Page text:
53d4bf2c-4e0e-4c77-9385-218350560fdb
Ferri, Raffaele
2131f642-f467-4ba1-835d-e8293cf42085

Bruni, Oliviero, Angriman, Marco, Calisti, Fabrizio, Comandini, Alessandro, Esposito, Giovanna, Cortese, Samuele and Ferri, Raffaele (2017) Practitioner Review: Treatment of chronic insomnia in children and adolescents with neurodevelopmental disabilities. Journal of Child Psychology & Psychiatry, 1-20. (doi:10.1111/jcpp.12812).

Record type: Article

Abstract

Background: sleep disturbances, in particular insomnia, represent a common problem in children with neurodevelopmental disabilities (NDDs). Currently, there are no approved medications for insomnia in children by the US Food and Drug Administration or European Medicines Agency and therefore they are prescribed off-label. We critically reviewed pediatric literature on drugs as well as nonpharmacological (behavioral) interventions used for sleep disturbances in children with NDDs.

Methods: PubMed, Ovid (including PsycINFO, Ovid MEDLINE® , and Embase), and Web of Knowledge databases were searched through February 12, 2017, with no language restrictions. Two authors independently and blindly performed the screening.

Results: good sleep practices and behavioral interventions, supported by moderate-to-low level evidence, are the first recommended treatments for pediatric insomnia but they are often challenging to implement. Antihistamine agents, such as hydroxyzine or diphenhydramine, are the most widely prescribed sedatives in the pediatric practice but evidence supporting their use is still limited. An increasing body of evidence supports melatonin as the safest choice for children with NDDs. Benzodiazepines are not recommended in children and should only be used for transient insomnia, especially if daytime anxiety is present. Only few studies have been carried out in children's and adolescents' zolpidem, zaleplon, and eszopiclone, with contrasting results. Limited evidence supports the use of alpha-agonists such as clonidine to improve sleep onset latency, especially in attention deficit/hyperactivity disorder subjects. Tricyclic antidepressants, used in adults with insomnia, are not recommended in children because of their safety profile. Trazodone and mirtazapine hold promise but require further studies.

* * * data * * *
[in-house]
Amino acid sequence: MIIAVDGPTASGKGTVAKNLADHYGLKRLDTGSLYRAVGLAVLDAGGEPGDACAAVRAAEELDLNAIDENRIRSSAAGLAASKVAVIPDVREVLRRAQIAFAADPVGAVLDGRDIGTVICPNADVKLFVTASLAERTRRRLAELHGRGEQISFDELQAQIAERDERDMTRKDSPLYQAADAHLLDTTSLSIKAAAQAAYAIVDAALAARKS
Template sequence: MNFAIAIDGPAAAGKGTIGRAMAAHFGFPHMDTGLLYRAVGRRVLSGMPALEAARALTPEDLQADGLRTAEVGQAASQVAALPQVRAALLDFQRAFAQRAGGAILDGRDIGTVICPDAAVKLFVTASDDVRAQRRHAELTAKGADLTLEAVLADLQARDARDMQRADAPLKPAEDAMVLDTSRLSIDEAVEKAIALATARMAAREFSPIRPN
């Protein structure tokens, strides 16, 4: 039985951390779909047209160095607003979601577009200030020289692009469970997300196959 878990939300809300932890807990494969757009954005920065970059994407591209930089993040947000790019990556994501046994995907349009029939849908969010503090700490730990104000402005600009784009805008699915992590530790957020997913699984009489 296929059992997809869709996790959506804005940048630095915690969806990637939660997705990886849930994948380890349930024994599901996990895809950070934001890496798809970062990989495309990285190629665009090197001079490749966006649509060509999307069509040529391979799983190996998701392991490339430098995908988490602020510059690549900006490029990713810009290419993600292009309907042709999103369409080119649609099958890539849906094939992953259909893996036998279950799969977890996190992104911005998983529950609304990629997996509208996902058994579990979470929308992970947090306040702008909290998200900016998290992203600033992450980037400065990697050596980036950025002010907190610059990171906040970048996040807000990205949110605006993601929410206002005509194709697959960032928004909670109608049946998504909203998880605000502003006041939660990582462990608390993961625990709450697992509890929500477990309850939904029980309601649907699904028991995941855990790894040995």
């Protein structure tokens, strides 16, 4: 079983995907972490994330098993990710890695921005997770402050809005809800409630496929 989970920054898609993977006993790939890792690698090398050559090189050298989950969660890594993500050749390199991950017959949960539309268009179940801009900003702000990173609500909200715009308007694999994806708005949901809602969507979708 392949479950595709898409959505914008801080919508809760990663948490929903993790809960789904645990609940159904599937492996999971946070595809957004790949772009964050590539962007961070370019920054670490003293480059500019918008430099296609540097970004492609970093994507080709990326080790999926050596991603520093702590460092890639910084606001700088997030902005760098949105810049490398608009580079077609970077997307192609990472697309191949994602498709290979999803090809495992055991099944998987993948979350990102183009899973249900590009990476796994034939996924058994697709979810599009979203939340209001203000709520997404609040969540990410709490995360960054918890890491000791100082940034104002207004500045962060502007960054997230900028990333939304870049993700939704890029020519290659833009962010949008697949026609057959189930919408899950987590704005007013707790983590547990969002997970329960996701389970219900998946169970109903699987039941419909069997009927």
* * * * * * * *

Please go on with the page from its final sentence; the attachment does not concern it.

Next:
Conclusions: here, we provided a tentative guide for the use of drugs for insomnia in children with NDDs. Well-controlled studies employing both objective polysomnography and subjective sleep measures are needed to determine the efficacy, effectiveness, and safety of the currently prescribed pediatric sleep medicines in children with NDDs.

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INSOMNIA IN NDDs_R1_accepted_2017_03_23 - Accepted Manuscript
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More information

Accepted/In Press date: 26 July 2017
e-pub ahead of print date: 18 September 2017

Identifiers

Local EPrints ID: 415148
URI: https://eprints.soton.ac.uk/id/eprint/415148
PURE UUID: 1154942d-17ff-4970-8d1d-5e1f5c92d4ef
ORCID for Samuele Cortese: ORCID iD orcid.org/0000-0001-5877-8075

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Date deposited: 01 Nov 2017 17:31
Last modified: 15 Aug 2019 04:37